Monday, 2 August 2010
Monthly Reading Check-in: July 2010
I think June must have been a crazy epic book reading month, because in July I 'only' got through 9 books and somehow that doesn't seem to compare with June's crowning 12. That 9 doesn't take into account the only partially read The Girl Who Played with Fire, which I had to return to the library before finishing it! I will get it again someday though! Now let's look at a selection of books that I did read in July, mostly ones for the 2010 Book to Film Challenge.
Eat Pray Love by Elizabeth Gilbert
I absolutely adored this book. I had borrowed it from my sister years ago, before there was even mention of it being a film. I tried to read it years ago but I just couldn't do it, because it was at the time way to close to home. But now, I adored it. Reading the book, which is a 1 year memoir through Italy, India and Indonesia, is literally reading the journey of the author in search of everything, including herself. Inspiring, refreshingly open & honest and completely realitble, I'm delighted it enjoyed 158 weeks on the New York Times Best Sellers list and I think all of my women friends have already read it so I feel really behind on this sucker but I'm so glad that I waited to read it, because trying to push through it years ago would have been not the right thing to do. Reading it now was perfect. I loved it. It was delightful, healing, truthful and powerful. Oddly, the reason to read predates the fact that's it is going to be a film, although it was inspiration to get through it before the films release on August 13, 2010. The film version stars Julia Roberts as Liz, with a supporting cast of Billy Crudup (Stephen) James Franco (David), Richard Jenkins (Richard) and Javier Bardem (Felipe). I hope the film stays very true to the journey of the book.
Harry Potter and the Goblet of Fire by J.K. Rowling (re-read) Book 4 of 7
Harry Potter reading countdown continues, as the plan is to read all of them before film 7.1 comes out in November. The Goblet of Fire is when the books blossom from a weekend read / very literal film adaptation to holy smokes that's a big sucker of a book / major adaptation to the film. This is the first book where I found huge elements were cut from book to film, albeit at 650 pages, you kind of have to. There is some shuffling of who does what and some characters completely omitted, but I think it's a solid adaptation, and I even like the film better in a lot of ways - specifically the art director of the World Cup and the Yule Ball - absolutely amazing. When I reviewed the film last year I noted and pondered on some odd gender things, and the book confirms that French school was not an all-girls only school, and I really wish they kept it that way in the film. Oddly it's never said one way or another if the Bulgarian school is just guys. Neville seems to be oddly inconsistent on the more or less scale here, I think in this one he's in the film more than the books - and who doesn't love Neville?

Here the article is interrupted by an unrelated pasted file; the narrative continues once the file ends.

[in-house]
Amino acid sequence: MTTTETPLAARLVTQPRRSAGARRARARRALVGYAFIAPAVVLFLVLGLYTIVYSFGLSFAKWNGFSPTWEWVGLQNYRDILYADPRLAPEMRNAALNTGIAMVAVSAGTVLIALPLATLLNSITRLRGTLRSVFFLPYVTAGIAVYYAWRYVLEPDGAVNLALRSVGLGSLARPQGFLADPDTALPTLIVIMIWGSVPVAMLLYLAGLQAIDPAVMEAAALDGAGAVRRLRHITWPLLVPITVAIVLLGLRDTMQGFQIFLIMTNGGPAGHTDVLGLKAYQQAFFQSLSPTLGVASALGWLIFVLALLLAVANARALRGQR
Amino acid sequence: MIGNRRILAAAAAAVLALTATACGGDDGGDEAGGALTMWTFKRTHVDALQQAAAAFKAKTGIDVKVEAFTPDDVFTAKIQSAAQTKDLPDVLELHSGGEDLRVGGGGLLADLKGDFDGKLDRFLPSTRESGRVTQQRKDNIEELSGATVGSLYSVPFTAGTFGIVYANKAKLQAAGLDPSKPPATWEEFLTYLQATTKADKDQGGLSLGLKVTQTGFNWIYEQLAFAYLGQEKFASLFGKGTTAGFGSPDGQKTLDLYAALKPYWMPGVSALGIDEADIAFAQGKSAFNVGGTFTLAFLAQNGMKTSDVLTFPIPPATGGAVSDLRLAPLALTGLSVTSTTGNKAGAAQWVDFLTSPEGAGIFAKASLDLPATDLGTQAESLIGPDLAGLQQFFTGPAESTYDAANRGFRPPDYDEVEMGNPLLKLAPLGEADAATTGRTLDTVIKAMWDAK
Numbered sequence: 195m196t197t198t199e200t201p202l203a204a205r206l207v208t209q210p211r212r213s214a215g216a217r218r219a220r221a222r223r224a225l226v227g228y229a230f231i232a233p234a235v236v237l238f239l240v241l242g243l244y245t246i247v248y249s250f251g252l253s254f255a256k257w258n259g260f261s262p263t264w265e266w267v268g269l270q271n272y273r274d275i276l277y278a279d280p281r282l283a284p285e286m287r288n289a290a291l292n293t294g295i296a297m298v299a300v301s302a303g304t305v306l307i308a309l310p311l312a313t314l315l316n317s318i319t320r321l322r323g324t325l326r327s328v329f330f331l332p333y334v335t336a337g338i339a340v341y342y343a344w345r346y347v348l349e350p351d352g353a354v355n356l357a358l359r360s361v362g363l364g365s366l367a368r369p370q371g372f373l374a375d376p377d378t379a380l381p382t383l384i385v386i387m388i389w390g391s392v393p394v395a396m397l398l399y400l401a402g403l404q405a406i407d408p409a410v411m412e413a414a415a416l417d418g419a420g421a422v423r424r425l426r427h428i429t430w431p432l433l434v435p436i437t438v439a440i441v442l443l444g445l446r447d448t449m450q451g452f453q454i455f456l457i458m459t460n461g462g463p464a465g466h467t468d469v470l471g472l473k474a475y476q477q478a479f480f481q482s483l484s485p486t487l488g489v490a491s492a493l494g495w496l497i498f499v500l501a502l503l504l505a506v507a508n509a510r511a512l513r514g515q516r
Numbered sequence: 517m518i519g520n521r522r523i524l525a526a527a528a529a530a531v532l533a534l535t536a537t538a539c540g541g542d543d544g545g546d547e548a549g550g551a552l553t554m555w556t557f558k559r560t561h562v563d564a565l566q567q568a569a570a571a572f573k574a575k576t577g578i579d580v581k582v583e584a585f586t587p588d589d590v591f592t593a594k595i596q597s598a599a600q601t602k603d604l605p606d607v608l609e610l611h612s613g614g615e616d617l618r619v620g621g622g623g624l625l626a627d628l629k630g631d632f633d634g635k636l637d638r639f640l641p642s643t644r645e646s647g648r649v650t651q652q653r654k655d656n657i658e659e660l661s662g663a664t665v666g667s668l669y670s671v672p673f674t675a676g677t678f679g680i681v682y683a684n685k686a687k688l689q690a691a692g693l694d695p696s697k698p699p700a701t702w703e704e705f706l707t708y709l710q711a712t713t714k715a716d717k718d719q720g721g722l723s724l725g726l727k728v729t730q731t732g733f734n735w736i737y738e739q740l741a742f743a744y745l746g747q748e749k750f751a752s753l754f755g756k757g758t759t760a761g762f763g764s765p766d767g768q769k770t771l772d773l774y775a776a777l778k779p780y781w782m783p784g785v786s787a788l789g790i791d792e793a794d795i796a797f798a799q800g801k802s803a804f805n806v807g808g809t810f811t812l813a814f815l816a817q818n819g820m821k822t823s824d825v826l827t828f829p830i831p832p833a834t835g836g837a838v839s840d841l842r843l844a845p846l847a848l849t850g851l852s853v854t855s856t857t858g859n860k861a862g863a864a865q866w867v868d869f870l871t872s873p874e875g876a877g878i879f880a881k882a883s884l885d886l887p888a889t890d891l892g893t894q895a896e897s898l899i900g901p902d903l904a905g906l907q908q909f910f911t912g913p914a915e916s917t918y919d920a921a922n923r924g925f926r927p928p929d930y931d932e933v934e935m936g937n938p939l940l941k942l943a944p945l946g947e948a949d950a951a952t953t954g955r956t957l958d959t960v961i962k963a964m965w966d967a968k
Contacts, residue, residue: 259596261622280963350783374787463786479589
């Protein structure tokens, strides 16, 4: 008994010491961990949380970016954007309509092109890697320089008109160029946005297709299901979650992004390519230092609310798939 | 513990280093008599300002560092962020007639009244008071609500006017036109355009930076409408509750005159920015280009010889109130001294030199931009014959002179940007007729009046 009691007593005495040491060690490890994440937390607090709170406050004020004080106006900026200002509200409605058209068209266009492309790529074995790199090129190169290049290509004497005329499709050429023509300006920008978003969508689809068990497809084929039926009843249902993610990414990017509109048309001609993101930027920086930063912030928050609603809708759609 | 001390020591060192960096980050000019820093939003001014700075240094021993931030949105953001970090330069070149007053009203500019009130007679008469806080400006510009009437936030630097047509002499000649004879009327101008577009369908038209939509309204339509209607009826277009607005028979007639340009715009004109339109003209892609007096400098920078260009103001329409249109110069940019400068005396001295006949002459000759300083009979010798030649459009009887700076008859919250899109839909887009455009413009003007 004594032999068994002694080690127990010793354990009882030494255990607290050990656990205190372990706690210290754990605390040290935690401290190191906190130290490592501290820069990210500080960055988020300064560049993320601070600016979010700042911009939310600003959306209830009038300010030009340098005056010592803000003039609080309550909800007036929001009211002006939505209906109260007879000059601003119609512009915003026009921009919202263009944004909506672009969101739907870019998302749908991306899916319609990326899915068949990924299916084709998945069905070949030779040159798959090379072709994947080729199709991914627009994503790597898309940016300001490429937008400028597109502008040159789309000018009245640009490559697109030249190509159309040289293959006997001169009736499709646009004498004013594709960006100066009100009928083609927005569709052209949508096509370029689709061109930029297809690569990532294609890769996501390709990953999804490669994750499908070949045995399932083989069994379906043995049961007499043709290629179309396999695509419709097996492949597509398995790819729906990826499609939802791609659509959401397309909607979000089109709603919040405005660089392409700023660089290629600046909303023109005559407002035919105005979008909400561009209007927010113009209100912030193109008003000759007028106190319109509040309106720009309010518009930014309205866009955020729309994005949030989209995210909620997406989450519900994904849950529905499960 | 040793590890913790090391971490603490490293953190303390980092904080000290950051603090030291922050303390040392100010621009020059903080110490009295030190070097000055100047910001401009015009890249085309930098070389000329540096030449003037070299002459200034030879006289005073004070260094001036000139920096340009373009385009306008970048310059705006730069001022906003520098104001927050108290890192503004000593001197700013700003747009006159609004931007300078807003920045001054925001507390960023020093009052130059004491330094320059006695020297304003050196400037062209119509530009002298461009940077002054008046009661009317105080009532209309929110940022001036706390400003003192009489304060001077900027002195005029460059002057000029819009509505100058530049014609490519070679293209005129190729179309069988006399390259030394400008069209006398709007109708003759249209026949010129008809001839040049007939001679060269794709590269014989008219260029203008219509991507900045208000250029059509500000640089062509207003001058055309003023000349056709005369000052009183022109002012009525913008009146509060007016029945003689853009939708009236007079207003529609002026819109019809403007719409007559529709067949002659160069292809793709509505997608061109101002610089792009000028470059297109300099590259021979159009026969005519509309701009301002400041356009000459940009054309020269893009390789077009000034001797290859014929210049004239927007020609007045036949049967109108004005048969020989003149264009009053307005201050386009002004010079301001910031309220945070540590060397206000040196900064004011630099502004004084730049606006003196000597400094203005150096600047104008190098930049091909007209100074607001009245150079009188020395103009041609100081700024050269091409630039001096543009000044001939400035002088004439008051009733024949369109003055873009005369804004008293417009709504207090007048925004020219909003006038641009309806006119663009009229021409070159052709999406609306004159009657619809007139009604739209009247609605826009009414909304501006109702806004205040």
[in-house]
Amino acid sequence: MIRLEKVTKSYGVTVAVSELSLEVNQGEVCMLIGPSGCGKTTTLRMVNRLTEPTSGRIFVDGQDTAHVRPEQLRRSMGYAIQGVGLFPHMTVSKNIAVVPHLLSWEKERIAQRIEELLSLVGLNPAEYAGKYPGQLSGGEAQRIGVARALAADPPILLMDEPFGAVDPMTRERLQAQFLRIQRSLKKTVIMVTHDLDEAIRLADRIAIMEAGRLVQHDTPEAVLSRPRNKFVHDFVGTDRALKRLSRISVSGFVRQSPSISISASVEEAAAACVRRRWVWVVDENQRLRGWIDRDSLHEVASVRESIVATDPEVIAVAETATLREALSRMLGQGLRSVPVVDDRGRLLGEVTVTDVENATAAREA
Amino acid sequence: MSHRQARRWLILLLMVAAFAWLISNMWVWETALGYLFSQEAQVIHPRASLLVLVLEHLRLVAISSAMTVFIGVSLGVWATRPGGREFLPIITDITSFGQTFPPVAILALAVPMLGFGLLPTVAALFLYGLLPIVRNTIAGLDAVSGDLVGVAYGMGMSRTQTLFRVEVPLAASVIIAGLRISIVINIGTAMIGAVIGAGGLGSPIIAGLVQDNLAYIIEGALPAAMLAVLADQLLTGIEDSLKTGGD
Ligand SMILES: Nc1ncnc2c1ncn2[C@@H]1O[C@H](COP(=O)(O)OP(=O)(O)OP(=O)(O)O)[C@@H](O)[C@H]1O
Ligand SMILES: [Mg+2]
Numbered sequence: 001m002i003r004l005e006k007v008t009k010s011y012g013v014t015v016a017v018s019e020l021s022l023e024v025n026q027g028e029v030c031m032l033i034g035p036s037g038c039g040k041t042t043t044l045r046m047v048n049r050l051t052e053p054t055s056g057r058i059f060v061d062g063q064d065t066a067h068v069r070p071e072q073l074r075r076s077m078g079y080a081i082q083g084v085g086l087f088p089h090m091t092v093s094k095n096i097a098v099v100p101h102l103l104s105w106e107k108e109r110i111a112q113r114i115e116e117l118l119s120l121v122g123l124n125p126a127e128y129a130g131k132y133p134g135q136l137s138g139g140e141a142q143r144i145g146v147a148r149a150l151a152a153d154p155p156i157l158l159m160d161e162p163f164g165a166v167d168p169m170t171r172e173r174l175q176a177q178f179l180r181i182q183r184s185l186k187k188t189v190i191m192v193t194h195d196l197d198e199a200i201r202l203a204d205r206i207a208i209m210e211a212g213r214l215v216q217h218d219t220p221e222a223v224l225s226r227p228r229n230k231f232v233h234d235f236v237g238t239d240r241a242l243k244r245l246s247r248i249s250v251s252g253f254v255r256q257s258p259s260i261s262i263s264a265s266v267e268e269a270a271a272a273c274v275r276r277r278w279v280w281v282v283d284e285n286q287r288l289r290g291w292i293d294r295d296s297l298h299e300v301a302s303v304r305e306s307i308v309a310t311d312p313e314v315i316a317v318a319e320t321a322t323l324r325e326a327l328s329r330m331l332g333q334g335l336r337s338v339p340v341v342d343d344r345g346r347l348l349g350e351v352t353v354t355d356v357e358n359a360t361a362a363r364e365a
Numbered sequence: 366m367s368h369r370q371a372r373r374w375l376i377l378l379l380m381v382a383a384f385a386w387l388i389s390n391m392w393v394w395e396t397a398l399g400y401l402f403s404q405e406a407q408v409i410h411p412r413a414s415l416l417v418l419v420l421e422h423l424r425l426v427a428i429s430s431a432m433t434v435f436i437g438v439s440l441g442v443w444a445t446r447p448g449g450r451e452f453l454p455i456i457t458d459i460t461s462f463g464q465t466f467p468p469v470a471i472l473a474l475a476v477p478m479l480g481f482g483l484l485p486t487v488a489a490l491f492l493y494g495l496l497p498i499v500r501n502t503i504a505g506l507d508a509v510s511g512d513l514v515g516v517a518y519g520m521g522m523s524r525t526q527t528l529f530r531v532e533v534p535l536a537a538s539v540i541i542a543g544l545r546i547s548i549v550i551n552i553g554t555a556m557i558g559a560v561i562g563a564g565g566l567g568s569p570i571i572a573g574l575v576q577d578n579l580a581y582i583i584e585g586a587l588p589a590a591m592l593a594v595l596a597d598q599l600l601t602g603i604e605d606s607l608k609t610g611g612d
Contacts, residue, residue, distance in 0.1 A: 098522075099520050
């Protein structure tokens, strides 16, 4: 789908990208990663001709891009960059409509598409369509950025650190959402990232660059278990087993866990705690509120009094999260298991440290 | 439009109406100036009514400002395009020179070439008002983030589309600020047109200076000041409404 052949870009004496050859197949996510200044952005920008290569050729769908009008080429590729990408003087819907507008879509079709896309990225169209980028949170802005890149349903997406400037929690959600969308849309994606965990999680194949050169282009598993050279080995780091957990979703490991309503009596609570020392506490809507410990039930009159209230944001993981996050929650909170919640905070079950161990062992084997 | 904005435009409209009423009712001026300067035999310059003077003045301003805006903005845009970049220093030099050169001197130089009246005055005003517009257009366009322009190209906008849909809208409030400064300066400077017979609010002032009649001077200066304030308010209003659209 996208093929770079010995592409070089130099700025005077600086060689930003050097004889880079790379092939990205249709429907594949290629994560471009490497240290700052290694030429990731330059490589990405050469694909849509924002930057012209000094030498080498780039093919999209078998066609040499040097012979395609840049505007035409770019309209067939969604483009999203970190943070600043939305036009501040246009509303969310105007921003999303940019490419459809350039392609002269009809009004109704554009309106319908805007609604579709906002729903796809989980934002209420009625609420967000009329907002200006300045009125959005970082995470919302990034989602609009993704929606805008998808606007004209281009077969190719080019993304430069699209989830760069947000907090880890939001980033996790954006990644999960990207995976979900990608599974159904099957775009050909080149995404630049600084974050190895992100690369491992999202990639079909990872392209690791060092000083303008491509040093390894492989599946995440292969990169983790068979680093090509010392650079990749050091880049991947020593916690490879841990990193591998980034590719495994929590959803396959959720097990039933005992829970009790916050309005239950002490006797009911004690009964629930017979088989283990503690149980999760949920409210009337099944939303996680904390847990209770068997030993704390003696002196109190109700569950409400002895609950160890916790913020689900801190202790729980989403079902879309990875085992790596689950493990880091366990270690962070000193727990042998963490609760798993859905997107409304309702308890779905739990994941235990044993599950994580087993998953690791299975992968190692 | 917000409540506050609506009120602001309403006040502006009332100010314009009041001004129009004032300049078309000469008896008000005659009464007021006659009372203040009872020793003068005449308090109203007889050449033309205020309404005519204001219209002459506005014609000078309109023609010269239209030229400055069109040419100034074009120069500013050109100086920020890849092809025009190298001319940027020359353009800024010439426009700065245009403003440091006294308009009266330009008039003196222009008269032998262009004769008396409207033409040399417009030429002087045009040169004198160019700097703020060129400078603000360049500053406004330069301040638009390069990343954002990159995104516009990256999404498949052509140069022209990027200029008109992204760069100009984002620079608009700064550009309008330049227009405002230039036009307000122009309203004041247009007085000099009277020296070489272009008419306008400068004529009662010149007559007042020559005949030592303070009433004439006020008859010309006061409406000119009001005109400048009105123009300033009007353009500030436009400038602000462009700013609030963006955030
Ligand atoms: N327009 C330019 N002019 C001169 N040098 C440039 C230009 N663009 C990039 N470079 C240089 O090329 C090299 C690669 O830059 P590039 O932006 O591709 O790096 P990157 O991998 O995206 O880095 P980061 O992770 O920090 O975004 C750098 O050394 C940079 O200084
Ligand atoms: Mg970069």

The Voyage of the Dawn Treader by C.S. Lewis, Narina book # ? I can't figure out the order
So a while ago we finally got a trailer for The Voyage of the Dawn Treader, which made me quick run and request a copy of the book although I was going to leave it for way later in the year. Resistance was broken and I had to read it and boy did I read it quickly, one day and mostly in transit being out and about on the town. What keeps me away from this series, although I always keep thinking it won't be there, is that it has some really strong religious undertones and analogies. I do like how they've done the film adaptations though, where that isn't as prevalent, it's like they found a happy medium where if it's something that is meaningful for you it's present and you can embrace it, but if it will rub you the wrong way it isn't so overt that it will throw you out of the film. Back to the book though, I was surprized that the trailer showed Susan and Peter as they aren't really in the book, which is more so the adventure is Lucy, Edmund, Caspian, Reepicheep and a new character Eustace whom I wrote in my notes as 'a bit of a git'. It story was sweeping adventure stuff all over the place and was overall a lot of fun and now I'm really looking forward to the film which hits theatres December 10, 2010 (in 3D).
Percy Jackson and the Olympians: The Titan's Curse by Rick Riordan (book 3 of 5)
Last up for this month is continuing the Percy Jackson series, and I'm continuing to really enjoy the books. Although I'm not super keen on their take on Artemis, which is an interesting interpretation but very keep women/men separate from each other, I love that Artemis is *in* the book. The series is a really fun take on Greek Mythology, not only in being very clever but often in being funny. I think this installment really enjoys going epic and really has things that would be stunning visually, I can totally see why they'd make these film adaptations because I could literally see what was happening while reading. It also gracefully incorporates Percy learning responsibility and the affect actions and decisions have giving really great character development. I can't wait to dive into Book 4!
This puts me at 15/20 of the books read for the 2010 Book to Film Challenge with only what's left being Harry Potter 5 - 7, The Tempest and Return of the King which I never got through earlier this year. Looking promising to complete by the end of the year!
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